Vegetarianism: Meat Eating Versus Nutrition
Vegetarianism may seem like a popular diet fad, but it has been advocated by many cultures around the world. Restaurants advertising “vegetarian options” on their menu is becoming customary. Vegetarianism is a dietary choice, to abstain from meat, that people adopt for many reasons. There are different degrees of vegetarianism all of which vary in reasons, types, and health outcomes.
Maurer observes many people relate American vegetarianism with those who rebelled mainstream society in the 1960s. However, it started in the 1840s during the health-food movement. He adds, “… Sylvester Graham, William Alcott, and Russell Trail sought to convince its audiences that meat was a source of excessive stimulation (along with alcohol, sex, coffee, tea, and spices), causing disease and illness (Maurer).” These early health reformers built their foundation on establishing a “natural” social order. In the late 1800s, John Harvey Kellogg, creator of cornflakes, recognized this principle in the Seventh Day Adventist Church. These health reformers were mocked and viewed as weak (Maurer). Throughout history, many other famous people lived vegetarian lifestyles: Leonardo da Vinci, Sir Isaac Newton, and Paul McCartney (Dupler). In the twenty-first century, vegetarian diets were viewed as salubrious and supported by the American Dietetic Association (Maurer).
Vegetarians eschew from eating meat for different reasons: religious, health, and environmental or ethical. Religion is the world’s earliest most known reason to live a vegetarian lifestyle. According to Frey, since the early 2000s, Hinduism makes up the majority of the world’s practicing vegetarians compared to other faiths. Frey further explains, not all Hindus are committed to vegetarianism the same way. While some connect with the doctrine of ahimsa, meaning nonviolent, which prohibits the shedding of animal or human’s blood. Other Hindus believe they will receive suffering and bad karma in their next reincarnation if they kill animals. Another reason an individual may choose vegetarianism is to benefit their health. Vegetarianism is known to be favorable for a healthier lifestyle. Teenagers often embrace vegetarianism as a weight loss method. Frey notes, vegetarians generally have less body fat than those who include meat in their diet. With the increased awareness of following a plant-based diet, decreasing chances of acquiring potentially life-altering diseases, more people are pursuing some form of vegetarianism. Meanwhile, others believe it’s morally wrong and environmentally profligate. He continues to explain, in the eighteenth and nineteenth centuries scientific methods were used in agriculture to calculate “the cost to the environment of raising animals for meat.” Ethical vegetarians use these calculations to support their argument that more grain goes to feeding animals raising them for meat than feeding humans. Therefore, believing world hunger could be solved if half of the grain was shared among undernourished populations (Frey). In addition to a rise in health concerns of supplements, such as hormones being added into meat production. The exposure of controversial treatment towards farm animals is enough to convince some people to forgo eating meat.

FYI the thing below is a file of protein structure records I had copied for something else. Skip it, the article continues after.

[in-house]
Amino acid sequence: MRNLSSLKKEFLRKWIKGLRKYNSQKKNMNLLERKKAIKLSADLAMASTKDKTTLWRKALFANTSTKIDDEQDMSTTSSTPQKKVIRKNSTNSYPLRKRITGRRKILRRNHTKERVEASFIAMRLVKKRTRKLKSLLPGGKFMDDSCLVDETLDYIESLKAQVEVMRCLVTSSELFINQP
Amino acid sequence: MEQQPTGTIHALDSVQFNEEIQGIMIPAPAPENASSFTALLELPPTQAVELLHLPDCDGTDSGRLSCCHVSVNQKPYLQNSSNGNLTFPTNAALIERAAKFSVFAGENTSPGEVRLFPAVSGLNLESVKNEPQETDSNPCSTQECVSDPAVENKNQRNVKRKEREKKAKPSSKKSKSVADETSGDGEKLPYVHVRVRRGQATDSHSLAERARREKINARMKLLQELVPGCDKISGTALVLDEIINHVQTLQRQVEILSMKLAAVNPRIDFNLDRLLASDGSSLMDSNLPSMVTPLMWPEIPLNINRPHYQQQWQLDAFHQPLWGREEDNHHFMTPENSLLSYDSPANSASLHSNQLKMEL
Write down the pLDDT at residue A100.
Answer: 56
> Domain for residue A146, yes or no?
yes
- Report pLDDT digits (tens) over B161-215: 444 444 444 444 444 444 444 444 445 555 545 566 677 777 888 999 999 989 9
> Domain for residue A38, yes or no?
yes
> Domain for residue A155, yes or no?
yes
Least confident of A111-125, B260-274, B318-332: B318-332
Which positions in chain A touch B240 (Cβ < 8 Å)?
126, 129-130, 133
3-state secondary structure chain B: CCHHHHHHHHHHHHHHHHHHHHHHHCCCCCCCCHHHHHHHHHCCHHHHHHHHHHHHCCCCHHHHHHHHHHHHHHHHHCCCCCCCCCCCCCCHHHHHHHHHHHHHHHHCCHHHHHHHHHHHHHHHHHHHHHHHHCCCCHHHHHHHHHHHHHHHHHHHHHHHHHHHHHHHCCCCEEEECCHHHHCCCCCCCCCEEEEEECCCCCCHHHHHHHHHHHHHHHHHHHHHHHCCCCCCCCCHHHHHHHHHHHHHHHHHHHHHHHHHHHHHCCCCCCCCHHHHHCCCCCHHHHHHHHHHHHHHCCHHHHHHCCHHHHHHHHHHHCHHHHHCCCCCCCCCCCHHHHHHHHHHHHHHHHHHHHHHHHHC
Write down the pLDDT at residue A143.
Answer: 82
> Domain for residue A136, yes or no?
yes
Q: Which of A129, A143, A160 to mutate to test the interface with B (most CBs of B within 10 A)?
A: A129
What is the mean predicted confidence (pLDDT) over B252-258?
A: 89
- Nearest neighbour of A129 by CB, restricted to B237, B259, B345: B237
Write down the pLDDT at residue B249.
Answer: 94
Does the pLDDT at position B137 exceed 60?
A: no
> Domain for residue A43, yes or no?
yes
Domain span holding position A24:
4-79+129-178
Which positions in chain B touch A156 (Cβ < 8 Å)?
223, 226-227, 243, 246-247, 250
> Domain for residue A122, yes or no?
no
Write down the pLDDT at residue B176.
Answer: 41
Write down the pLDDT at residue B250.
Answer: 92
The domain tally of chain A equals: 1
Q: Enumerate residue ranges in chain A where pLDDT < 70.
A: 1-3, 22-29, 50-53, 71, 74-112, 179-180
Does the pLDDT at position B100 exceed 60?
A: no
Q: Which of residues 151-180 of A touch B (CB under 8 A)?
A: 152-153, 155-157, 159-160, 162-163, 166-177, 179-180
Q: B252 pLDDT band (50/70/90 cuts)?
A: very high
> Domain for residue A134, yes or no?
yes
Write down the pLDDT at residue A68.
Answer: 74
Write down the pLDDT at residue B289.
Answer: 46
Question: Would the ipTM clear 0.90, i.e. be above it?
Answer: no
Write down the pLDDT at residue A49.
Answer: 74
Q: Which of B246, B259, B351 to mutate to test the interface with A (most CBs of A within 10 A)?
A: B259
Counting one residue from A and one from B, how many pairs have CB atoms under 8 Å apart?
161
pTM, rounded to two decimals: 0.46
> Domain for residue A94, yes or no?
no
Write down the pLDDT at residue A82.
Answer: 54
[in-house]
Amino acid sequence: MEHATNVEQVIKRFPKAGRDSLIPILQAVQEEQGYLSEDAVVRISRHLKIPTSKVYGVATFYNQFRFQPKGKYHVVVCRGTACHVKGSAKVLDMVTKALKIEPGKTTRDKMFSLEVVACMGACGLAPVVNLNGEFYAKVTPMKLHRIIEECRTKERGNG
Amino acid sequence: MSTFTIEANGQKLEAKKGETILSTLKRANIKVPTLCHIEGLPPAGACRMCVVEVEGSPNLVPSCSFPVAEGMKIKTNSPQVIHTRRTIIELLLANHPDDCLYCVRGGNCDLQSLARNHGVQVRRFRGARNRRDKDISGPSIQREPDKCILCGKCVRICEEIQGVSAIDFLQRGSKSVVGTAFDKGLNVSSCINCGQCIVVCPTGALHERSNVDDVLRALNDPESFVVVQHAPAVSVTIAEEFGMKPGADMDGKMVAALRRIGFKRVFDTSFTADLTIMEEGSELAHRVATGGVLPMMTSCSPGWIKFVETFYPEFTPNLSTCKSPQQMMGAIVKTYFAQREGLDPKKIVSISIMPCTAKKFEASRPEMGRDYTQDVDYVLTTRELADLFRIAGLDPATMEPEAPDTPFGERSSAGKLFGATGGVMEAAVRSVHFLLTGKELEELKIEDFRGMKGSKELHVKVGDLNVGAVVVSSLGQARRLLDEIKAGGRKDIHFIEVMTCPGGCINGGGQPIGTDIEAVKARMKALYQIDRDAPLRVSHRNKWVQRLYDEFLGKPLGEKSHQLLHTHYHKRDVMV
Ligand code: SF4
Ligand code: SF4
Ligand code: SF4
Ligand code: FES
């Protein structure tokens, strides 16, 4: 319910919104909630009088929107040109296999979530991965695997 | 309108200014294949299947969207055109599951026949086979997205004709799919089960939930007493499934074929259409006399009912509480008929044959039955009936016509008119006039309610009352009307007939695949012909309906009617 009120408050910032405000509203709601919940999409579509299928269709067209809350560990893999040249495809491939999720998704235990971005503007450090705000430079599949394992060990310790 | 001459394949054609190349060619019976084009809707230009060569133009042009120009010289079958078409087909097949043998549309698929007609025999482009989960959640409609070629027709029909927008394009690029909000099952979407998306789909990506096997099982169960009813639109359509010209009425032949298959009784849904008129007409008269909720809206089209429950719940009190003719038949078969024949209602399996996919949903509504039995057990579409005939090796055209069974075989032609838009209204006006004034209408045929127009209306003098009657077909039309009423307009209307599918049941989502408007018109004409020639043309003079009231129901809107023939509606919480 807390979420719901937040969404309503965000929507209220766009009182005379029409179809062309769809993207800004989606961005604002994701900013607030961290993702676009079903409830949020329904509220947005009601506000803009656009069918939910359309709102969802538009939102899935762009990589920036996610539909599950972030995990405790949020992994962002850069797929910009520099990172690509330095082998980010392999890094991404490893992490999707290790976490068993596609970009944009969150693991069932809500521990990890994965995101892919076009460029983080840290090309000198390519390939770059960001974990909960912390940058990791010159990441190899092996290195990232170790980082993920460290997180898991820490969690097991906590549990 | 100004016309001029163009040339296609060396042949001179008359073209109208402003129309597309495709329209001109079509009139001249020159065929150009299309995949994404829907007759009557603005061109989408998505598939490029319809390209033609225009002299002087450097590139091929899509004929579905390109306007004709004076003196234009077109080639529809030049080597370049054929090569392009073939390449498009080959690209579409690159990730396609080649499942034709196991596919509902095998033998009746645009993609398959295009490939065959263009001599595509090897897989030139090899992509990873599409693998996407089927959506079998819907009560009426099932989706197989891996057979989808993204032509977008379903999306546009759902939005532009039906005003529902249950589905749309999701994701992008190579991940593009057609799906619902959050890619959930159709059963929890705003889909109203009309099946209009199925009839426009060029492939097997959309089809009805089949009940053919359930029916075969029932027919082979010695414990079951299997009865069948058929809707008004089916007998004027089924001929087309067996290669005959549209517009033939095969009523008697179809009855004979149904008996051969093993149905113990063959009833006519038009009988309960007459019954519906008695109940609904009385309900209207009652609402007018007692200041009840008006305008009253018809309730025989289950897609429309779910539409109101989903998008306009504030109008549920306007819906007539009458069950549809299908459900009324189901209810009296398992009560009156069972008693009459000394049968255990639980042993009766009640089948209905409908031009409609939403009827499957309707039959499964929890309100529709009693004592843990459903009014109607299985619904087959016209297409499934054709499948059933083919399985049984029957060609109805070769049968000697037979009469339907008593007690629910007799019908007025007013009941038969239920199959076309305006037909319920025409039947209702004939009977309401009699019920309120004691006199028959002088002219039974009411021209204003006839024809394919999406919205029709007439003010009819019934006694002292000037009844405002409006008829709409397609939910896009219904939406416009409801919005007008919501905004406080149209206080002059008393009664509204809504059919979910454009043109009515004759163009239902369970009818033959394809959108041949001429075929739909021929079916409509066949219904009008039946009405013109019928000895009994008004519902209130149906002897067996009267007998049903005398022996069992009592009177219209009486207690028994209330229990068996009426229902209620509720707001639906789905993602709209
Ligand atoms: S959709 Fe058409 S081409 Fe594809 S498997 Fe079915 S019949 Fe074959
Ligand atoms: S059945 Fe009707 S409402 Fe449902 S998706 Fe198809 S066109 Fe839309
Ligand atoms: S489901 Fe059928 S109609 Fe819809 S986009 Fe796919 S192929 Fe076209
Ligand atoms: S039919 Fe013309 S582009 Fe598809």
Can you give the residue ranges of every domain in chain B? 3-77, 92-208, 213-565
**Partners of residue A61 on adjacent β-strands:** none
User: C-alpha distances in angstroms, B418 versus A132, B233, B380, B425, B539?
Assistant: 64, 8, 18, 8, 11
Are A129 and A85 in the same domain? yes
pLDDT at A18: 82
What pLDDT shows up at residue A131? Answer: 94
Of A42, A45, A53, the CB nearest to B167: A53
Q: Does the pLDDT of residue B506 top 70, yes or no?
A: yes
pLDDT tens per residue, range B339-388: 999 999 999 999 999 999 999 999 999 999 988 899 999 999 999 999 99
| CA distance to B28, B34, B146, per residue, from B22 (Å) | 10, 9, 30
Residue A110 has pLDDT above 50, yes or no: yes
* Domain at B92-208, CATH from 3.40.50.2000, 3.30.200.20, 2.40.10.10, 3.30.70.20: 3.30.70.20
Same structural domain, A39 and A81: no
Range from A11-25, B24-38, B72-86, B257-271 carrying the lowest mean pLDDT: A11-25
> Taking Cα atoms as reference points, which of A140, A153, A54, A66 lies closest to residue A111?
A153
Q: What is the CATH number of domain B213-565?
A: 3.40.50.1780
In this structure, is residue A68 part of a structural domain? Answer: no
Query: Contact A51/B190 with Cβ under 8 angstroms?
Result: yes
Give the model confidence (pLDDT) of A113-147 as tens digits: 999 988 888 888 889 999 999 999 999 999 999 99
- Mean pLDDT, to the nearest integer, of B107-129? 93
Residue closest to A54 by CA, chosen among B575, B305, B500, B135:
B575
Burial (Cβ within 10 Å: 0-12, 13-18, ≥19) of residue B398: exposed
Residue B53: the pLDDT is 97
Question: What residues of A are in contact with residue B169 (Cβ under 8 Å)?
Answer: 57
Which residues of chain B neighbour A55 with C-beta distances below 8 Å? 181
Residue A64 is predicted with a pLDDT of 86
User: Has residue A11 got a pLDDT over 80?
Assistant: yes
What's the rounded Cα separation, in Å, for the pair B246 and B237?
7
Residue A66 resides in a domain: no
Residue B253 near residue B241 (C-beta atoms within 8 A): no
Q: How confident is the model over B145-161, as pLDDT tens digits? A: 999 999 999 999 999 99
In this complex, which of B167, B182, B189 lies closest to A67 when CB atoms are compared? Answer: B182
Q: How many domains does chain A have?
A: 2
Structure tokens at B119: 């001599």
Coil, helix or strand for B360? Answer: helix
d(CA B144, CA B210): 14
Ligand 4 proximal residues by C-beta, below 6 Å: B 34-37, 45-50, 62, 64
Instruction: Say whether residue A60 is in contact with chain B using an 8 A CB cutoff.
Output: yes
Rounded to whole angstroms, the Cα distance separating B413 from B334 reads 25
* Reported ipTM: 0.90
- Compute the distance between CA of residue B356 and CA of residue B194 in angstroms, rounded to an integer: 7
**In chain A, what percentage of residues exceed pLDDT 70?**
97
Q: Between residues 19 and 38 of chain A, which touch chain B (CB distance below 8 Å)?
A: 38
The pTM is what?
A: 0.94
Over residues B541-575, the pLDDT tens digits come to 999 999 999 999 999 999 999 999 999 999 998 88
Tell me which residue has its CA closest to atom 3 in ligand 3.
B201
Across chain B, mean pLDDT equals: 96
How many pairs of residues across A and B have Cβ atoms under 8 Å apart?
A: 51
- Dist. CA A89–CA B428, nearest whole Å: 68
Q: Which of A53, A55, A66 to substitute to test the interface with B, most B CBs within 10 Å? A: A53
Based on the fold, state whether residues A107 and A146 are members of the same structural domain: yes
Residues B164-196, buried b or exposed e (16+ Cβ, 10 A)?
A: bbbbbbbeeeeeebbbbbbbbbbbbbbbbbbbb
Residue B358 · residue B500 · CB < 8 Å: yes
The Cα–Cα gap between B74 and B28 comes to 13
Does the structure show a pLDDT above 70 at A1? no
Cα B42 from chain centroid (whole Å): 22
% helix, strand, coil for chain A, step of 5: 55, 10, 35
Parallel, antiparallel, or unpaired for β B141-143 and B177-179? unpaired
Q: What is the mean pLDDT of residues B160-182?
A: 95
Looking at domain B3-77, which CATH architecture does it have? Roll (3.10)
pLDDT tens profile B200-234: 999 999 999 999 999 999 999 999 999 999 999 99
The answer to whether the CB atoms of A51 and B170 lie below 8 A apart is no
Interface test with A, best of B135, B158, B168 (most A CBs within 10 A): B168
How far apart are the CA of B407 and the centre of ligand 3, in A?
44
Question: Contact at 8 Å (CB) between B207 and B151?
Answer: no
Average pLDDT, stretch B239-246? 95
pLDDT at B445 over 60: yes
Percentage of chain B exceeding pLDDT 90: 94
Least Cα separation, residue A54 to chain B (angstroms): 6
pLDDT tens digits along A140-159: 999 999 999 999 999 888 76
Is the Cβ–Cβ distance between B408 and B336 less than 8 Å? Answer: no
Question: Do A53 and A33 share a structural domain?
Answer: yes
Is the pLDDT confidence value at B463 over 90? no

Vegetarians vary individually depending on which animal-based products they allow in their diets. Fundamental vegetarians exclude meat from their regime but allow animal-derived products such as eggs and dairy products. Ovo-vegetarians include eggs in their diet but not milk. Raw food vegetarians integrate rejection of animal-derived foods with raw foodism, meaning foods are uncooked. Vegans exclude any foods or products acquired from an animal, for example, clothing made from leather, wool, or silk. In the United States, products that have a Certified Vegan trademark printed on clothing or cosmetics do not contain animal products, nor have been tested on animals.
Dupler acknowledges vegetarianism is generally healthy and safe. However, vegetarians need to be aware of nutrients that may be insufficient in non-animal diets. These nutrients may include, vitamin B12, vitamin D, calcium, and iron. He emphasizes the body does not make amino acids but are essential. Therefore, vegetarians need to include complete proteins by combining two incomplete proteins such as rice with beans. Vitamin B12 can be obtained through a supplement, Spirulina, that is made from algae. Dupler adds, “vegetarians do not necessarily have healthier diets.” He encourages vegetarians to be aware of their daily intake of eggs, dairy, and oils, to avoid high cholesterol and saturated fats. A vegetarian lifestyle can be quite beneficial. According to Dupler, vegetarians can outlive those who eat meat for several years. He mentions the FDA recognizes other factors may cause improved health considering vegetarians typically have healthier habits (Dupler).
Vegetarianism is a personal decision that can come with different viewpoints. Whether practicing extreme forms of it or a more standard diet, if well planned, it can provide a healthy and beneficial life.
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